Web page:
Mobile video traffic is increasingly dominant: Mobile video traffic is forecast to grow by around 50 percent annually through 2022 to account for nearly 75 percent of all mobile data traffic. Social networking is the second biggest data traffic type after video, forecast to grow by 39 percent annually over the coming six years.
Live streaming joins social media: Consumers are increasingly using live video streaming apps to interact with friends, family and followers. Around one in five smartphone users in the US express an interest in live video broadcasting, with twice as many smartphone users in high growth markets like India, Indonesia, Brazil and Oman who are interested in such apps.
IoT in focus: Around 29 billion connected devices are forecast by 2022, of which around 18 billion will be related to IoT. Included in the latest edition of the Ericsson Mobility Report is a deeper look into IoT, with three feature articles with different perspectives on IoT and its transformational potential. Two articles are co-written with operators that have built IoT solutions around their core assets, creating additional business value. The third article explores the cellular networks’ capabilities to support a realistic massive IoT use case scenario.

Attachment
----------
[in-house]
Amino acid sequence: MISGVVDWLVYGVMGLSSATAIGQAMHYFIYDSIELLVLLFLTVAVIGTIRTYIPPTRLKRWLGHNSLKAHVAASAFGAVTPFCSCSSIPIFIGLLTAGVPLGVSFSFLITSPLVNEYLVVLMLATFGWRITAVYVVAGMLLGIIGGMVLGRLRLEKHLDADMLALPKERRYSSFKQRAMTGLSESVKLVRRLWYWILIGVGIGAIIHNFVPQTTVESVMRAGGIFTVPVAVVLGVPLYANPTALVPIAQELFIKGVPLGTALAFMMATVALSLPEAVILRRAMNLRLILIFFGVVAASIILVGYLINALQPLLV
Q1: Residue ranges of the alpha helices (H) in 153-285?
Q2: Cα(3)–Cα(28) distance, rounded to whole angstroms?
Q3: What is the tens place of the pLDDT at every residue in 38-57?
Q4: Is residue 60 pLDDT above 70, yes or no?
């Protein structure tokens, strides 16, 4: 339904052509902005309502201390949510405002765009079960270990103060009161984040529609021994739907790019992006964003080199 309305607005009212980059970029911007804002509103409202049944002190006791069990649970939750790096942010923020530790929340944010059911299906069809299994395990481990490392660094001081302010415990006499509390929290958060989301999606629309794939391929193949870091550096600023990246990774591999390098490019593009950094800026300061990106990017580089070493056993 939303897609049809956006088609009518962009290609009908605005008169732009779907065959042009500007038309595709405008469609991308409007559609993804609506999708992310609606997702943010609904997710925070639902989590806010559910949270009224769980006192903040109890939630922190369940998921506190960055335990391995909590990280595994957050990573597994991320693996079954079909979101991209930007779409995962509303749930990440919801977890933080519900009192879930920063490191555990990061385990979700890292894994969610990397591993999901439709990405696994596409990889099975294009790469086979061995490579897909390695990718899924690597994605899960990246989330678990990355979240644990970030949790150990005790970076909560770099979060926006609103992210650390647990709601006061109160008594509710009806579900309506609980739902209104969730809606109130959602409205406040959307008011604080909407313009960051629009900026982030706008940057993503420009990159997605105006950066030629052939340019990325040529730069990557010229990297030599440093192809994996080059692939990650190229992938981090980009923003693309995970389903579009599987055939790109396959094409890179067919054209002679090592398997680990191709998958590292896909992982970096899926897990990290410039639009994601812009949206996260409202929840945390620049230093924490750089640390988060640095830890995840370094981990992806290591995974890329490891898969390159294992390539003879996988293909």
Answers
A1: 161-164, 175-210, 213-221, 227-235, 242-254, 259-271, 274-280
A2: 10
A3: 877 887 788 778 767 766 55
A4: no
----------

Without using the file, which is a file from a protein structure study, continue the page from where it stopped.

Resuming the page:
IoT at starting gate
South Africa is already past the Internet of Things (IoT) hype cycle and well into the mainstream, writes MARK WALKER, associate vice president of Sub-Saharan Africa at International Data Corporation (IDC).
Projects and pilots are already becoming a commercial reality, tying neatly into the 2017 IDC prediction that 2018 would be the year when the local market took IoT mainstream. Over the next 12-18 months, it is anticipated that IoT implementations will continue to rise in both scope and popularity. Already 23% are in full deployment with 39% in the pilot phase. The value of IoT has been systematically proven and yet its reputation remains tenuous – more than 5% of companies are reluctant to put their money where the trend is – thanks to the shifting sands of IoT perception and success rate.